Data Science techniques for predicting plant genes involved in secondary metabolites production
Muteba, Ben Ilunga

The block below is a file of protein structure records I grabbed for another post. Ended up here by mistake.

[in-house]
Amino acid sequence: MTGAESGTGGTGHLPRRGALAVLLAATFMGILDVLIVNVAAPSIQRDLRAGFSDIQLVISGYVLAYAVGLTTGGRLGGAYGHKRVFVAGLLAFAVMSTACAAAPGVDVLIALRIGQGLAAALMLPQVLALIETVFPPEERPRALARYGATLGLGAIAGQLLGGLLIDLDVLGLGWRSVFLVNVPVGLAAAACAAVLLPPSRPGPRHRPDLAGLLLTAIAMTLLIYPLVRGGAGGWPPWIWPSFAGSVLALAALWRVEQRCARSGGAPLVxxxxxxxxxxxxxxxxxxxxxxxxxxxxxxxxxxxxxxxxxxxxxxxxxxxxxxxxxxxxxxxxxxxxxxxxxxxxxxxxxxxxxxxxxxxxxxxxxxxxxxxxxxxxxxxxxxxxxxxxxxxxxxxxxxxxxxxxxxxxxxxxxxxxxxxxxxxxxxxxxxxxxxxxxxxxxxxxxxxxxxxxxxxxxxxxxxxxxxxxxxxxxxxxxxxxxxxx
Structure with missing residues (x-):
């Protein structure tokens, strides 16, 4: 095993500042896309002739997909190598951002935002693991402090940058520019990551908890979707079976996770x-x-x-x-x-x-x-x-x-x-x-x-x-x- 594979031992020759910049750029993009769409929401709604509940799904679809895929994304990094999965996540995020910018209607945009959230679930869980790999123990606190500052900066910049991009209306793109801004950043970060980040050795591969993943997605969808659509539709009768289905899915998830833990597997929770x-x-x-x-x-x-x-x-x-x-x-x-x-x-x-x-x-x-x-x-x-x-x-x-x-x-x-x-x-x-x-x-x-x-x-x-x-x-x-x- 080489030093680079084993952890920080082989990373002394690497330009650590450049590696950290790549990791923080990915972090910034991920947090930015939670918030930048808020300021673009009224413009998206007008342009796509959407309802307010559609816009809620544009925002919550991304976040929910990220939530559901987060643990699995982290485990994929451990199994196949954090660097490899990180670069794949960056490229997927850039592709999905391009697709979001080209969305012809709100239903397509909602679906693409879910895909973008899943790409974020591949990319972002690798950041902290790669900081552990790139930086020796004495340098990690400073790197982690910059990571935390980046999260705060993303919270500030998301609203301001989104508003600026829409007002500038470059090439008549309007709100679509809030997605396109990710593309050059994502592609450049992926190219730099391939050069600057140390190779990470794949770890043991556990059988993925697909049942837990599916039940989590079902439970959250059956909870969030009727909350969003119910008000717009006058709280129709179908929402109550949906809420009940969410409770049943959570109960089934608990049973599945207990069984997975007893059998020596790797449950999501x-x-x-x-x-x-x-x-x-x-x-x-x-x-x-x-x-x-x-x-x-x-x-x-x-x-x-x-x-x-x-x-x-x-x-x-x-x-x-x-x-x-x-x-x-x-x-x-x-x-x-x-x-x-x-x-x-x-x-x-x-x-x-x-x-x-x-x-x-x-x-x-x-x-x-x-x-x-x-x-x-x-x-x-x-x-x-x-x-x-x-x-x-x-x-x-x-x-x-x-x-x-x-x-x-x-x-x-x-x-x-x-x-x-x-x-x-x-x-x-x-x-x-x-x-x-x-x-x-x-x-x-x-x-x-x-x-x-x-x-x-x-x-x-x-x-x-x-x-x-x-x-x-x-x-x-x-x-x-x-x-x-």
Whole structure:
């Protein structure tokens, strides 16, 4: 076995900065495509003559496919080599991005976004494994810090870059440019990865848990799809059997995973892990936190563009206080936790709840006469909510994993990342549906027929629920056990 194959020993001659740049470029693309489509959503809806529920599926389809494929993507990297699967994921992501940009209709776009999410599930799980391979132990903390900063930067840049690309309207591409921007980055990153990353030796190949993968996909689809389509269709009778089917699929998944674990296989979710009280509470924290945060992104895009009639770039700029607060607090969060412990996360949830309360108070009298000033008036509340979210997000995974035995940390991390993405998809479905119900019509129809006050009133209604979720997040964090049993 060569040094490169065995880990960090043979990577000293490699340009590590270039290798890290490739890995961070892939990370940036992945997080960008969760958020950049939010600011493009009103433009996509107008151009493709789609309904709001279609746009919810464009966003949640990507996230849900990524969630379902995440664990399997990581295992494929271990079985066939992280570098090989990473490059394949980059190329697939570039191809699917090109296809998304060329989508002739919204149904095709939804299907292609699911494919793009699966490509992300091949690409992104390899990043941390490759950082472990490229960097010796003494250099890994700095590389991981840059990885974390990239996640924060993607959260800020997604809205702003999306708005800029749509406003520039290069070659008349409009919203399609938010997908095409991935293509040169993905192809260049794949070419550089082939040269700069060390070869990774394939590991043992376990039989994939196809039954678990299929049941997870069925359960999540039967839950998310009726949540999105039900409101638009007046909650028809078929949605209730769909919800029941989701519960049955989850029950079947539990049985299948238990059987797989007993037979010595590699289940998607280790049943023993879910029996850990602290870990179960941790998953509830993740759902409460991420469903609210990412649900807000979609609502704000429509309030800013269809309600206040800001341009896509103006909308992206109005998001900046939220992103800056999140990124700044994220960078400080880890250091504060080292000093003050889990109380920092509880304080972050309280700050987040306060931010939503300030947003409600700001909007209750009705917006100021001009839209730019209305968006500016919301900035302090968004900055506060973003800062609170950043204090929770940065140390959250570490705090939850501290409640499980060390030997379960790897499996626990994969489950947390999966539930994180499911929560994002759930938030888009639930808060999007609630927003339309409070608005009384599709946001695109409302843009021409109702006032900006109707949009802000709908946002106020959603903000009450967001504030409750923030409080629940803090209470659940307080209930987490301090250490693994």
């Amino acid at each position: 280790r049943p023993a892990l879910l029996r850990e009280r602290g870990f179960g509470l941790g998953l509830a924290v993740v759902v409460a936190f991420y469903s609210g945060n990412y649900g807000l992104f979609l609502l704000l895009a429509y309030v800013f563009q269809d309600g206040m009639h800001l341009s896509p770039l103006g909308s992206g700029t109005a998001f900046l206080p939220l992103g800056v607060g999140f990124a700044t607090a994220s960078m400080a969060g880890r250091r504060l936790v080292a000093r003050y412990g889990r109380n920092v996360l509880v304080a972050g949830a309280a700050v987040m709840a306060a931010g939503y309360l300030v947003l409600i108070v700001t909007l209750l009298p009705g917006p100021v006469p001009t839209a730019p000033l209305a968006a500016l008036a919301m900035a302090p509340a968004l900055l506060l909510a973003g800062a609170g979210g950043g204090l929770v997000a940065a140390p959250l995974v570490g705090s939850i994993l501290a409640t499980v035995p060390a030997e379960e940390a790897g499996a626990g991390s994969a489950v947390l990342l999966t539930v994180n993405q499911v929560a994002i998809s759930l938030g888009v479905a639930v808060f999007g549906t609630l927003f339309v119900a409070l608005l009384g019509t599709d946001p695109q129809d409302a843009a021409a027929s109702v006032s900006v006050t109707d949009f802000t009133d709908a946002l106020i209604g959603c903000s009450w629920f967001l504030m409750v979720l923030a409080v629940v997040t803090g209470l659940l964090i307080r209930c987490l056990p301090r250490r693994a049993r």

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Plant genome analysis is currently experiencing a boost due to reduced costs associated with the development of next generation sequencing technologies. Knowledge on genetic background can be applied to guide targeted plant selection and breeding, and to facilitate natural product discovery and biological engineering. In medicinal plants, secondary metabolites are of particular interest because they often represent the main active ingredients associated with health-promoting qualities. Plant polyphenols are a highly diverse family of aromatic secondary metabolites that act as antimicrobial agents, UV protectants, and insect or herbivore repellents. Most of the genome mining tools developed to understand genetic materials have very seldom addressed secondary metabolite genes and biosynthesis pathways. Little significant research has been conducted to study key enzyme factors that can predict a class of secondary metabolite genes from polyketide synthases. The objectives of this study were twofold: Primarily, it aimed to identify the biological properties of secondary metabolite genes and the selection of a specific gene, naringenin-chalcone synthase or chalcone synthase (CHS). The study hypothesized that data science approaches in mining biological data, particularly secondary metabolite genes, would enable the compulsory disclosure of some aspects of secondary metabolite (SM). Secondarily, the aim was to propose a proof of concept for classifying or predicting plant genes involved in polyphenol biosynthesis from data science techniques and convey these techniques in computational analysis through machine learning algorithms and mathematical and statistical approaches. Three specific challenges experienced while analysing secondary metabolite datasets were: 1) class imbalance, which refers to lack of proportionality among protein sequence classes; 2) high dimensionality, which alludes to a phenomenon feature space that arises when analysing bioinformatics datasets; and 3) the difference in protein sequences lengths, which alludes to a phenomenon that protein sequences have different lengths. Considering these inherent issues, developing precise classification models and statistical models proves a challenge. Therefore, the prerequisite for effective SM plant gene mining is dedicated data science techniques that can collect, prepare and analyse SM genes.